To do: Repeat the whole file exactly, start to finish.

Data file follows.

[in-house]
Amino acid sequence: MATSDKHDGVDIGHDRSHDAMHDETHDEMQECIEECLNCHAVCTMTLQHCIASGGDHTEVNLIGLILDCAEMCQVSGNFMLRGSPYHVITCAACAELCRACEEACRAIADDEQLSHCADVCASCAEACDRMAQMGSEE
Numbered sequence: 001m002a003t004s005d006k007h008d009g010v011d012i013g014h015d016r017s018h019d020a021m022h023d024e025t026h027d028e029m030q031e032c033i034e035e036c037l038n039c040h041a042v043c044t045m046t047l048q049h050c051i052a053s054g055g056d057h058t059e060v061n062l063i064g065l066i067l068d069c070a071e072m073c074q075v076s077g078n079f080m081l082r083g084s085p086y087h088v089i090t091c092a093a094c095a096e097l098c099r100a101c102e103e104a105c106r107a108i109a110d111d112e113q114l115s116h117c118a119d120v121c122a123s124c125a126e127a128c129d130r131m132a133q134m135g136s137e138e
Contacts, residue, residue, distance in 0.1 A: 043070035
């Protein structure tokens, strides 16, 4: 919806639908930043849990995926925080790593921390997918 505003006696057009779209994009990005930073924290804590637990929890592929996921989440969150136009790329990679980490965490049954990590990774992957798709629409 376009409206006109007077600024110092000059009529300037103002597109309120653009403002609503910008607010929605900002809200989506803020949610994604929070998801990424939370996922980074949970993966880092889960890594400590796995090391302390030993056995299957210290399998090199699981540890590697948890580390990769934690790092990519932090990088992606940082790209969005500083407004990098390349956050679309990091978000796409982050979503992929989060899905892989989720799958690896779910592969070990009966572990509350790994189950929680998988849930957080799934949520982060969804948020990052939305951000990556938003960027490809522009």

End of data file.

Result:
[in-house]
Amino acid sequence: MATSDKHDGVDIGHDRSHDAMHDETHDEMQECIEECLNCHAVCTMTLQHCIASGGDHTEVNLIGLILDCAEMCQVSGNFMLRGSPYHVITCAACAELCRACEEACRAIADDEQLSHCADVCASCAEACDRMAQMGSEE
Numbered sequence: 001m002a003t004s005d006k007h008d009g010v011d012i013g014h015d016r017s018h019d020a021m022h023d024e025t026h027d028e029m030q031e032c033i034e035e036c037l038n039c040h041a042v043c044t045m046t047l048q049h050c051i052a053s054g055g056d057h058t059e060v061n062l063i064g065l066i067l068d069c070a071e072m073c074q075v076s077g078n079f080m081l082r083g084s085p086y087h088v089i090t091c092a093a094c095a096e097l098c099r100a101c102e103e104a105c106r107a108i109a110d111d112e113q114l115s116h117c118a119d120v121c122a123s124c125a126e127a128c129d130r131m132a133q134m135g136s137e138e
Contacts, residue, residue, distance in 0.1 A: 043070035
């Protein structure tokens, strides 16, 4: 919806639908930043849990995926925080790593921390997918 505003006696057009779209994009990005930073924290804590637990929890592929996921989440969150136009790329990679980490965490049954990590990774992957798709629409 376009409206006109007077600024110092000059009529300037103002597109309120653009403002609503910008607010929605900002809200989506803020949610994604929070998801990424939370996922980074949970993966880092889960890594400590796995090391302390030993056995299957210290399998090199699981540890590697948890580390990769934690790092990519932090990088992606940082790209969005500083407004990098390349956050679309990091978000796409982050979503992929989060899905892989989720799958690896779910592969070990009966572990509350790994189950929680998988849930957080799934949520982060969804948020990052939305951000990556938003960027490809522009």